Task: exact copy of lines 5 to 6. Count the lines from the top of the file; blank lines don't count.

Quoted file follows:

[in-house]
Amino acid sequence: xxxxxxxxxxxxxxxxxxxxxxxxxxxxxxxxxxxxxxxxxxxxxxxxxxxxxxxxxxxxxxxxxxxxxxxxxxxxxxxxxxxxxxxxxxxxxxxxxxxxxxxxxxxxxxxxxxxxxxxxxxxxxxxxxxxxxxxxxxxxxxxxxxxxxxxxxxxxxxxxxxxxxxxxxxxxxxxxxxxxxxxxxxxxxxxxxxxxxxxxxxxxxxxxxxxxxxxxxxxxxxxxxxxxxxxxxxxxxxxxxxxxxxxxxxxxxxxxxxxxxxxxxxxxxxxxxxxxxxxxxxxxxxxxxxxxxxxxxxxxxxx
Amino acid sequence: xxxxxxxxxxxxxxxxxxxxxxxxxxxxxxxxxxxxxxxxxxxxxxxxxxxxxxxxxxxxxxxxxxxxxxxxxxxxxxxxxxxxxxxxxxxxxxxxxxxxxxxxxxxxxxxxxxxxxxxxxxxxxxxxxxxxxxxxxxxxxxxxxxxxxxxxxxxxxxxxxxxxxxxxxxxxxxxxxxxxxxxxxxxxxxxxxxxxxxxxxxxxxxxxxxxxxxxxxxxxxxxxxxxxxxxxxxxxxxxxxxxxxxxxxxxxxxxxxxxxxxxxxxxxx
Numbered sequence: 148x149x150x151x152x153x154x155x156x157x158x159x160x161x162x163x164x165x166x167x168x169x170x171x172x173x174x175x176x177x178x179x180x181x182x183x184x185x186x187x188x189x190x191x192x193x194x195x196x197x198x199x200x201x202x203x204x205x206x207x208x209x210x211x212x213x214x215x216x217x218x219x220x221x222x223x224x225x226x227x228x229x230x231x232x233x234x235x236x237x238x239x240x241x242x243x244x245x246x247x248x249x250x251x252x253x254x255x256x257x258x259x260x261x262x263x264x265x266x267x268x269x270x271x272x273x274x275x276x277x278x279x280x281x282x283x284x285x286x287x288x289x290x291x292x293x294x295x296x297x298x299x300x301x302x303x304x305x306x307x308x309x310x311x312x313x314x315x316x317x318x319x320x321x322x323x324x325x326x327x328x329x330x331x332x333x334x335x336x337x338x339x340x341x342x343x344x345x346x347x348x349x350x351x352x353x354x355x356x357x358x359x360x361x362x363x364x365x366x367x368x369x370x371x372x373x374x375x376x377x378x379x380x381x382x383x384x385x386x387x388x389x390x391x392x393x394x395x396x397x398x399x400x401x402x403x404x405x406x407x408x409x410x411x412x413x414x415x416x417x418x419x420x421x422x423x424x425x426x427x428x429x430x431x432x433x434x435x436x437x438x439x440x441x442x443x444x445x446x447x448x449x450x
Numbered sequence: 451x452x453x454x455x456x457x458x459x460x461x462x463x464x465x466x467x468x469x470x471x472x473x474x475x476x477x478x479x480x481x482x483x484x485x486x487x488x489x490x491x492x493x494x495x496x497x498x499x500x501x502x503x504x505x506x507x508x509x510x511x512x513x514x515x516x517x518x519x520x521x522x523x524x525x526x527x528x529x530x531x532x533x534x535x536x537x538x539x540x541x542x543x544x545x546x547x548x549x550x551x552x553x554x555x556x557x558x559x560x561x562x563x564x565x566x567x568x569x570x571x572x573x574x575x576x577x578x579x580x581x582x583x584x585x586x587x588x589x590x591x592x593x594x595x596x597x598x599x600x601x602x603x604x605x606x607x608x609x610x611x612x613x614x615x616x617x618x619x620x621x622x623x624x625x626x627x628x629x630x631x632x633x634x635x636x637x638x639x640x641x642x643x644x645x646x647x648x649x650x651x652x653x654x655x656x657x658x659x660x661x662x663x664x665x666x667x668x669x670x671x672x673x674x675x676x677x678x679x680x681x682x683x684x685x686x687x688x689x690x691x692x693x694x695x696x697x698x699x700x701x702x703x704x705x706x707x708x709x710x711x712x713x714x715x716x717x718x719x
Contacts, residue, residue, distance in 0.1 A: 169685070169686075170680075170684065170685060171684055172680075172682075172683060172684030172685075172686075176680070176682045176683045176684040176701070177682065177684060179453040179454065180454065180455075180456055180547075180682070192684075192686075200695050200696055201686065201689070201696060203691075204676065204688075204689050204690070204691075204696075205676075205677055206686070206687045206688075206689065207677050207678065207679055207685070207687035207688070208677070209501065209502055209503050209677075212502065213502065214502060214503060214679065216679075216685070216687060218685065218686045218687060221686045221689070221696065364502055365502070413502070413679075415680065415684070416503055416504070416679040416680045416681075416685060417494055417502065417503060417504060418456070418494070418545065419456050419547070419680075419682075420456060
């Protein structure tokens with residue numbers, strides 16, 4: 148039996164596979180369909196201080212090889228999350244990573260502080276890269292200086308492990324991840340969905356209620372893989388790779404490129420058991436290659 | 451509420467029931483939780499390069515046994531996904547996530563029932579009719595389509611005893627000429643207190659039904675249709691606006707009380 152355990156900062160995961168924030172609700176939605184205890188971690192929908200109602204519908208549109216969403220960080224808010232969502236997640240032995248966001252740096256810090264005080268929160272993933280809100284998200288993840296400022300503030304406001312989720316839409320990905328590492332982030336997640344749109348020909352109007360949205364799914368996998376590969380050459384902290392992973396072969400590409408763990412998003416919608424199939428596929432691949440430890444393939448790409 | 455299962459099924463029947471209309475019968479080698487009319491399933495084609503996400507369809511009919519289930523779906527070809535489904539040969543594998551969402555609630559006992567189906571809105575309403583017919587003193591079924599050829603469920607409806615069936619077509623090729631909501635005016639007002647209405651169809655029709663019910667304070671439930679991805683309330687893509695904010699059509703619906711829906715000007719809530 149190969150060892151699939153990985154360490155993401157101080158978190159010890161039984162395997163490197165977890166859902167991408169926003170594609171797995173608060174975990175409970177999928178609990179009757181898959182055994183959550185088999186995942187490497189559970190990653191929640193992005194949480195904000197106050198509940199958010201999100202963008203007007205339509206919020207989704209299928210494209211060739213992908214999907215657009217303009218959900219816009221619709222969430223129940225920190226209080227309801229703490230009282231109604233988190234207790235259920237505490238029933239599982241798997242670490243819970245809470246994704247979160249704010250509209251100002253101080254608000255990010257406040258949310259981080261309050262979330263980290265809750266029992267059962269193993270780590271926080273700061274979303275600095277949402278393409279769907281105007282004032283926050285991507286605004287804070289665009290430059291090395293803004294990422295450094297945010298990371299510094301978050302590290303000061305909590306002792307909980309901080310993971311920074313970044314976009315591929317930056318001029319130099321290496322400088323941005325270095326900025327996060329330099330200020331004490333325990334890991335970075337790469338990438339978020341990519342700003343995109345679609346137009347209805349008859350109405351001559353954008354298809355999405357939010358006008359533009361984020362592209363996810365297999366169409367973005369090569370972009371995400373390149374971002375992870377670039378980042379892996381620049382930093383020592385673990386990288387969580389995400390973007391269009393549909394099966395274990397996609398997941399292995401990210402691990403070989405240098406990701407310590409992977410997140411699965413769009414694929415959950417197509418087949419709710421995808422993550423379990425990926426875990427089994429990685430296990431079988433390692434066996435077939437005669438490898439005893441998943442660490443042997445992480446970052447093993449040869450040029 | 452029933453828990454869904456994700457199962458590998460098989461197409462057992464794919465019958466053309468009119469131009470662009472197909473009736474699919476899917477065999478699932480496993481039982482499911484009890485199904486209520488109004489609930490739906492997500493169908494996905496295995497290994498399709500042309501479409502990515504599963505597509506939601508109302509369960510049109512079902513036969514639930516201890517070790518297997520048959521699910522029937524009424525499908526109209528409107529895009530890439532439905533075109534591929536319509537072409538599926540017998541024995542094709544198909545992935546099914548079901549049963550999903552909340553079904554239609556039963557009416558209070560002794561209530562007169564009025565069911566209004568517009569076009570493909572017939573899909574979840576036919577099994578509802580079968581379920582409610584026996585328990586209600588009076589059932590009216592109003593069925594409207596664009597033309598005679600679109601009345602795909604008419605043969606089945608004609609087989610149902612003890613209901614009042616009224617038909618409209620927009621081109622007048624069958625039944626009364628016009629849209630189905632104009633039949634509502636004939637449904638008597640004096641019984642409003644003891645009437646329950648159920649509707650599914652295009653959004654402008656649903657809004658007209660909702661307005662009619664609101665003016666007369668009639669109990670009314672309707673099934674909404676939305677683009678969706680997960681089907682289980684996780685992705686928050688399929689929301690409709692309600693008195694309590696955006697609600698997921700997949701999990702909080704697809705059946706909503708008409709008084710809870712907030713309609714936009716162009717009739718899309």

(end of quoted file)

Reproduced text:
Numbered sequence: 451x452x453x454x455x456x457x458x459x460x461x462x463x464x465x466x467x468x469x470x471x472x473x474x475x476x477x478x479x480x481x482x483x484x485x486x487x488x489x490x491x492x493x494x495x496x497x498x499x500x501x502x503x504x505x506x507x508x509x510x511x512x513x514x515x516x517x518x519x520x521x522x523x524x525x526x527x528x529x530x531x532x533x534x535x536x537x538x539x540x541x542x543x544x545x546x547x548x549x550x551x552x553x554x555x556x557x558x559x560x561x562x563x564x565x566x567x568x569x570x571x572x573x574x575x576x577x578x579x580x581x582x583x584x585x586x587x588x589x590x591x592x593x594x595x596x597x598x599x600x601x602x603x604x605x606x607x608x609x610x611x612x613x614x615x616x617x618x619x620x621x622x623x624x625x626x627x628x629x630x631x632x633x634x635x636x637x638x639x640x641x642x643x644x645x646x647x648x649x650x651x652x653x654x655x656x657x658x659x660x661x662x663x664x665x666x667x668x669x670x671x672x673x674x675x676x677x678x679x680x681x682x683x684x685x686x687x688x689x690x691x692x693x694x695x696x697x698x699x700x701x702x703x704x705x706x707x708x709x710x711x712x713x714x715x716x717x718x719x
Contacts, residue, residue, distance in 0.1 A: 169685070169686075170680075170684065170685060171684055172680075172682075172683060172684030172685075172686075176680070176682045176683045176684040176701070177682065177684060179453040179454065180454065180455075180456055180547075180682070192684075192686075200695050200696055201686065201689070201696060203691075204676065204688075204689050204690070204691075204696075205676075205677055206686070206687045206688075206689065207677050207678065207679055207685070207687035207688070208677070209501065209502055209503050209677075212502065213502065214502060214503060214679065216679075216685070216687060218685065218686045218687060221686045221689070221696065364502055365502070413502070413679075415680065415684070416503055416504070416679040416680045416681075416685060417494055417502065417503060417504060418456070418494070418545065419456050419547070419680075419682075420456060